It started as just a little time in their study centre. Students involved with technical studies and document-entry work would come to a room at the back of the library to receive help with their grammar, pronunciation and writing skills (officially, no correction of papers and final presentations were allowed, but still…). He enjoyed the work; the students were happy; the school noticed. And after he graduated from university, the best job offer came from that college. They remembered him, put him back in the learning centre, and considered things. A year later, they gave him what was called a “studio session”. This was a period when students from any discipline or skill level could come in an pose questions. He had been a complete nervous wreck before that first session, carrying with him a folder filled with photocopied material for a well-planned “class”. He did not have to bother with this material. It was clear that the students wanted to take this time and use it to ask very few questions about sentence structure or vocabulary. With plastic store-bought mugs of coffee and half-eaten lunches in front of them, their discussions ranged from how to speak to English girls to the prediction of results for several sports events. For three hours every Friday during a very long and humid summer, he handled their questions with chalk, blackboards, videos, computer downloads and his own wit. And he enjoyed himself as much as the students. For $25/hour, this was a good way to not really work. The college, once again, noticed and kept him in their plans for the autumn. Kevin was given some real classes and the work continued, allowing some long-standing bills to be paid, decent food to be bought and money to be saved. And he still knew that something was not right.
Do it or don’t… He did not really have to imagine too hard to think of why those words were in his head. College teaching did not encourage him to use any skills related to his degree, but that was not the problem. The college alternated between crowded summer schedules and light autumn course plans, but no, that still was not it. He worked schedules that allowed him to leave home earlier in the day and arrive back before rush hour. A good thing most days, but not really enough. No, what was bothering him had nothing to do with work schedules or course plans. It was his life. He had expected to actually have one by now. Where was it?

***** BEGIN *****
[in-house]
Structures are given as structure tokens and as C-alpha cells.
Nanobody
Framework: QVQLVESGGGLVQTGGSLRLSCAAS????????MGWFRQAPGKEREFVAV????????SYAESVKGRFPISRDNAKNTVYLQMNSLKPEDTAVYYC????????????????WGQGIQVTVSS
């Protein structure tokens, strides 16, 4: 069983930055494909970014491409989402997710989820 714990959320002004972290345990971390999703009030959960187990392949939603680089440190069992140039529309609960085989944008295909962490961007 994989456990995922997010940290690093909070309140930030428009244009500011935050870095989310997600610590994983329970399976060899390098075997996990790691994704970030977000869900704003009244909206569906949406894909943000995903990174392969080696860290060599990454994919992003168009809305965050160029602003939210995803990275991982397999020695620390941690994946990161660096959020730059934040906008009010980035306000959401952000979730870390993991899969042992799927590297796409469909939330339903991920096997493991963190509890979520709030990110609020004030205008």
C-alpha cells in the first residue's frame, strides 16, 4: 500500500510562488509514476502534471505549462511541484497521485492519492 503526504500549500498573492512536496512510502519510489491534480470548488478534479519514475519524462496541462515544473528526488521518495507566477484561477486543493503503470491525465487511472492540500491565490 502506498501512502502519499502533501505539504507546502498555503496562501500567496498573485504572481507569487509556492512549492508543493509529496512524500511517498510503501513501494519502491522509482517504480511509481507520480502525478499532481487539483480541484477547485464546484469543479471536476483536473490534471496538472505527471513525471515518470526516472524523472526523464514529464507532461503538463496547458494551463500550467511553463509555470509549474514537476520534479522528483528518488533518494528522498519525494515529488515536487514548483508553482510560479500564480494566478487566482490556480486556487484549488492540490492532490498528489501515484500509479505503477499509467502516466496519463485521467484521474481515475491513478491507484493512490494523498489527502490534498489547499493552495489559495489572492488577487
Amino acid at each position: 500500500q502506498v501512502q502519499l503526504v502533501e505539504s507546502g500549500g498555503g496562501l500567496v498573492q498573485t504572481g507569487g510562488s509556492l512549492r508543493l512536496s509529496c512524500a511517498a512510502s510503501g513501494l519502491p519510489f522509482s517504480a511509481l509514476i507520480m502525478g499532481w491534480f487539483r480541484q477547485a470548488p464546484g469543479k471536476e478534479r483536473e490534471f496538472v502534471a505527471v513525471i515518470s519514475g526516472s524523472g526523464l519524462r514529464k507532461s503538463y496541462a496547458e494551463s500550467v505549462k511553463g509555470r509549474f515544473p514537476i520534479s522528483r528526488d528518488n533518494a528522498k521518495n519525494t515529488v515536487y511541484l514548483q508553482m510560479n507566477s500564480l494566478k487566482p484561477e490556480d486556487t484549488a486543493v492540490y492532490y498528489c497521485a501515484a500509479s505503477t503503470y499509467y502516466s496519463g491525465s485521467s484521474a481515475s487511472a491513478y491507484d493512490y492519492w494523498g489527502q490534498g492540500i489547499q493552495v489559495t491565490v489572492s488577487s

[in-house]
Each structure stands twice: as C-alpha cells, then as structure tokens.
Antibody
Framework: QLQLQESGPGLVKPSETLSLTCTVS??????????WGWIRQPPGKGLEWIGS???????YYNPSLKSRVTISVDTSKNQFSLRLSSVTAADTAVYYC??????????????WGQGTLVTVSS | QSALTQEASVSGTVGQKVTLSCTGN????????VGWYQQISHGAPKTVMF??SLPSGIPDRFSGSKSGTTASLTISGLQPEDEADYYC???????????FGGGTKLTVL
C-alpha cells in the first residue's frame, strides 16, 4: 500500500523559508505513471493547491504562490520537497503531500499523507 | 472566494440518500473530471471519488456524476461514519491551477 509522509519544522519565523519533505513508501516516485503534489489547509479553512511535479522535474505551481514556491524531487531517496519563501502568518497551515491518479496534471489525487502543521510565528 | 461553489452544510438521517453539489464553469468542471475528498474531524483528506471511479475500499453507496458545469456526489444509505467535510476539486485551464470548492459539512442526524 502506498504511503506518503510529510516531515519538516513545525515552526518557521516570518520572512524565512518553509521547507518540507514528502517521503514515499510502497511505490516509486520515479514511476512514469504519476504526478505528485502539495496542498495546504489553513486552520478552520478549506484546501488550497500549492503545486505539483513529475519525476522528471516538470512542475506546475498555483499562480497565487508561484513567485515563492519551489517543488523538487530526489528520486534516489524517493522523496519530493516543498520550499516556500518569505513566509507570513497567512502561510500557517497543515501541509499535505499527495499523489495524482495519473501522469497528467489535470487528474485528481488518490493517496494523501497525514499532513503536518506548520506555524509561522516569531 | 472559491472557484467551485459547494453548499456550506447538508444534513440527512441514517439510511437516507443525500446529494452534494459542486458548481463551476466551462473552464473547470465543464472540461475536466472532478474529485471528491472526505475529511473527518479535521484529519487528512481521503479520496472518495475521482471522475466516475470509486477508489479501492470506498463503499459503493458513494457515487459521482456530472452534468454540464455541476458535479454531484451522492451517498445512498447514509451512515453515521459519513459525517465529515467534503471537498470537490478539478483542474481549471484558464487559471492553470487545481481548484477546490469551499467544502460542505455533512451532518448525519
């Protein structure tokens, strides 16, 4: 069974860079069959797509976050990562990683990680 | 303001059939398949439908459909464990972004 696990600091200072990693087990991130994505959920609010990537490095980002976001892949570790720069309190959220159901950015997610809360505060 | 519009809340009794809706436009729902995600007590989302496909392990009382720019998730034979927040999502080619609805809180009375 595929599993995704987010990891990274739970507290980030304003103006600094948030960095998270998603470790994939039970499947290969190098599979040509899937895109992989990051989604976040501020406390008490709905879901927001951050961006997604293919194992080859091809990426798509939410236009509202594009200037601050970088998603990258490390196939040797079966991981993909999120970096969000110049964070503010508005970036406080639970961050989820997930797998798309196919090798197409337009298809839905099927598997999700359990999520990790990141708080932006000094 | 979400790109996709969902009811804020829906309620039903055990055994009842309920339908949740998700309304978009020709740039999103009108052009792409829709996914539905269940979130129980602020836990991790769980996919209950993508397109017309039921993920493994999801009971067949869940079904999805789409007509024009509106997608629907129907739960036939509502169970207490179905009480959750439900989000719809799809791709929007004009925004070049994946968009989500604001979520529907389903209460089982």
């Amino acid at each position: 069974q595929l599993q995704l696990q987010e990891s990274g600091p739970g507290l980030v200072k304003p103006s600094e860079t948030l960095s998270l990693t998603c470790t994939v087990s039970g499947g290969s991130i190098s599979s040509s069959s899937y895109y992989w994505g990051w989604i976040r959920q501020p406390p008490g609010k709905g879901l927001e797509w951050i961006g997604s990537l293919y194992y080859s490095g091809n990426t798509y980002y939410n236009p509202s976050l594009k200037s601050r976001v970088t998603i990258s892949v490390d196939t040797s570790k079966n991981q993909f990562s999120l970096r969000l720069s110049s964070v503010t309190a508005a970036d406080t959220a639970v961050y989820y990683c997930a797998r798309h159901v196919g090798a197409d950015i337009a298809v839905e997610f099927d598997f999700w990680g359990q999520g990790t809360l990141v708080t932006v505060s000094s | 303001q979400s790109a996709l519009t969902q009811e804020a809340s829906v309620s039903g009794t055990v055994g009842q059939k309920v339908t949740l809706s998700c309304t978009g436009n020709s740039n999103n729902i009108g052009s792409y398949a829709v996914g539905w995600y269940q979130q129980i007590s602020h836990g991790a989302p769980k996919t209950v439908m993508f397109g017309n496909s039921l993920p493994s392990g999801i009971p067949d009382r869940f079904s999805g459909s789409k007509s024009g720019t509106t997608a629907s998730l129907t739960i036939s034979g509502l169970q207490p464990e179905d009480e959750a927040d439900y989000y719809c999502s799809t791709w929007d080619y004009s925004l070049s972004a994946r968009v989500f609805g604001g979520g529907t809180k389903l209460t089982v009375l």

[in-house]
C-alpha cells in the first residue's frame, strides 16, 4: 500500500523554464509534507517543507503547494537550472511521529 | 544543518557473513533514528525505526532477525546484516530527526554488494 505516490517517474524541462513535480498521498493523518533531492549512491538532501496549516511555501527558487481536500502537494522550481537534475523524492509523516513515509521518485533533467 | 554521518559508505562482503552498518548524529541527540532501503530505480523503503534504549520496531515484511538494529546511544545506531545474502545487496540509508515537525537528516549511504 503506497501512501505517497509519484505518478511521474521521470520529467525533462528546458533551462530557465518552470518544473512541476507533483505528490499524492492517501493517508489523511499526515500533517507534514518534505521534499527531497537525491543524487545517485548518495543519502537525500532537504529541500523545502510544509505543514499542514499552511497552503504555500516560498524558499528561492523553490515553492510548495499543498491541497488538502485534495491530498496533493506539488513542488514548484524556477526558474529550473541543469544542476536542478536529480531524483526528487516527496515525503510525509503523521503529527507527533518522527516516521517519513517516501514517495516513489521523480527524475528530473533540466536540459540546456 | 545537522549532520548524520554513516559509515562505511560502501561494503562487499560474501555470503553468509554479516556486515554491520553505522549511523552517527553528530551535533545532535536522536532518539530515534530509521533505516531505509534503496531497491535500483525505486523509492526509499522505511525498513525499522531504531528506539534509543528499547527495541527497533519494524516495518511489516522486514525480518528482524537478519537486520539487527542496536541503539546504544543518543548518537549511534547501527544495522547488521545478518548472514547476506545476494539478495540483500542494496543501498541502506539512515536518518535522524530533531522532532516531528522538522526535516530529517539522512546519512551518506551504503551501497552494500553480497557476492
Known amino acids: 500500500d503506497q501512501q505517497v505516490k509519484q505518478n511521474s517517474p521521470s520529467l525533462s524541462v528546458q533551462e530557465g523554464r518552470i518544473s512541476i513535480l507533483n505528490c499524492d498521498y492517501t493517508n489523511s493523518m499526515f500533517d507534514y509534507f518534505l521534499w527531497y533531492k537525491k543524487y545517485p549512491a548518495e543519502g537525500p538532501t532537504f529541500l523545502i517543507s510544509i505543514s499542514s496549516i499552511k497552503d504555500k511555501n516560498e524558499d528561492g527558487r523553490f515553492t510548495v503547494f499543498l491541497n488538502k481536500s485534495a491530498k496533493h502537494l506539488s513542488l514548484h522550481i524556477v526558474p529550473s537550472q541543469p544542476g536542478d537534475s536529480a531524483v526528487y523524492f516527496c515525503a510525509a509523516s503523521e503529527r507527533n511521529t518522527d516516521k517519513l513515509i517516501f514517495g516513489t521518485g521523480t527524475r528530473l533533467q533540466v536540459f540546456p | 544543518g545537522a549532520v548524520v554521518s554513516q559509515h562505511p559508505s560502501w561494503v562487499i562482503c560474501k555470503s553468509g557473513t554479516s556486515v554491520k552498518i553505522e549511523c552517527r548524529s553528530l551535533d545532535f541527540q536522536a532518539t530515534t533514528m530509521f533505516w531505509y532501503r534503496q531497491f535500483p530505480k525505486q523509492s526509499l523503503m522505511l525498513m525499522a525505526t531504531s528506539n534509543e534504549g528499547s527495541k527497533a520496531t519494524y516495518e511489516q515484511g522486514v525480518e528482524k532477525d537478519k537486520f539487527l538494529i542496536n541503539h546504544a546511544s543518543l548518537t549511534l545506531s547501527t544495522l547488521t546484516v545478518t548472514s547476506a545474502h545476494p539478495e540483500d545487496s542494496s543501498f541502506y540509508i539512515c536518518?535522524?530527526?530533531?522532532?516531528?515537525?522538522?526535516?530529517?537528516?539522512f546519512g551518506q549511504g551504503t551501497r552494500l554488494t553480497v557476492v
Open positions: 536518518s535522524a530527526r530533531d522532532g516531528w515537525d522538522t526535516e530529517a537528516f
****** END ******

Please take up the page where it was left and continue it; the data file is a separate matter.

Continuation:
It was a weeknight, and he thought it would be a safe bet to be at the same café. But no, it was a mistake. Even with the distance from the bars and the nightclubs, the couples were out and active. There was a particular look to the group here tonight. The men were all in baggy or very tight jeans with hooded jackets and sweaters complete with colourful running shoes. No variety there… It was the women who caused the most pain. Now, he had been raised with many female relatives and felt comfortable around women…as friends and relatives. In all those years, he had never learned anything about seduction. There were too many “uncles” around that did not provide any real help. All he had was the conversation overheard from women who could be absolutely heartless about the males in their lives. They seemed to be secondhand boys to them, even the ones described by some of the older women who had plenty of experiences with men and many boys. And he could not make himself noticed when they went on in the kitchen, at picnics, during car rides; anywhere they felt the need to share their comedies and battles. And now it was here in front of him, the same impossible situations with women who would always be ahead of him.
First, the clothes. A scarf here; boots there; handbags and some jewelry everywhere. He never had a chance. And he knew that they would always be out of reach, like a sort of museum piece that he would always admire but could not ever imagine owning, touching or possessing. That was the way it was meant to be, he thought. He saw the men who ended up with these women. All of a type; too cool for anything real and always ready for anything else. The right hair, coats, jackets, shoes, pants. He did remember trying to act like a social anthropologist at a bar; no help, really. He could not figure out how the pairings would end up the way they did. Where did they meet, making some opening gesture to get the link set up?
Link? Set up? Of course, he was thinking about relationships the way he thought about computers: Are things compatible? Are they up to date? Is it time to upgrade?
Do it or don’t…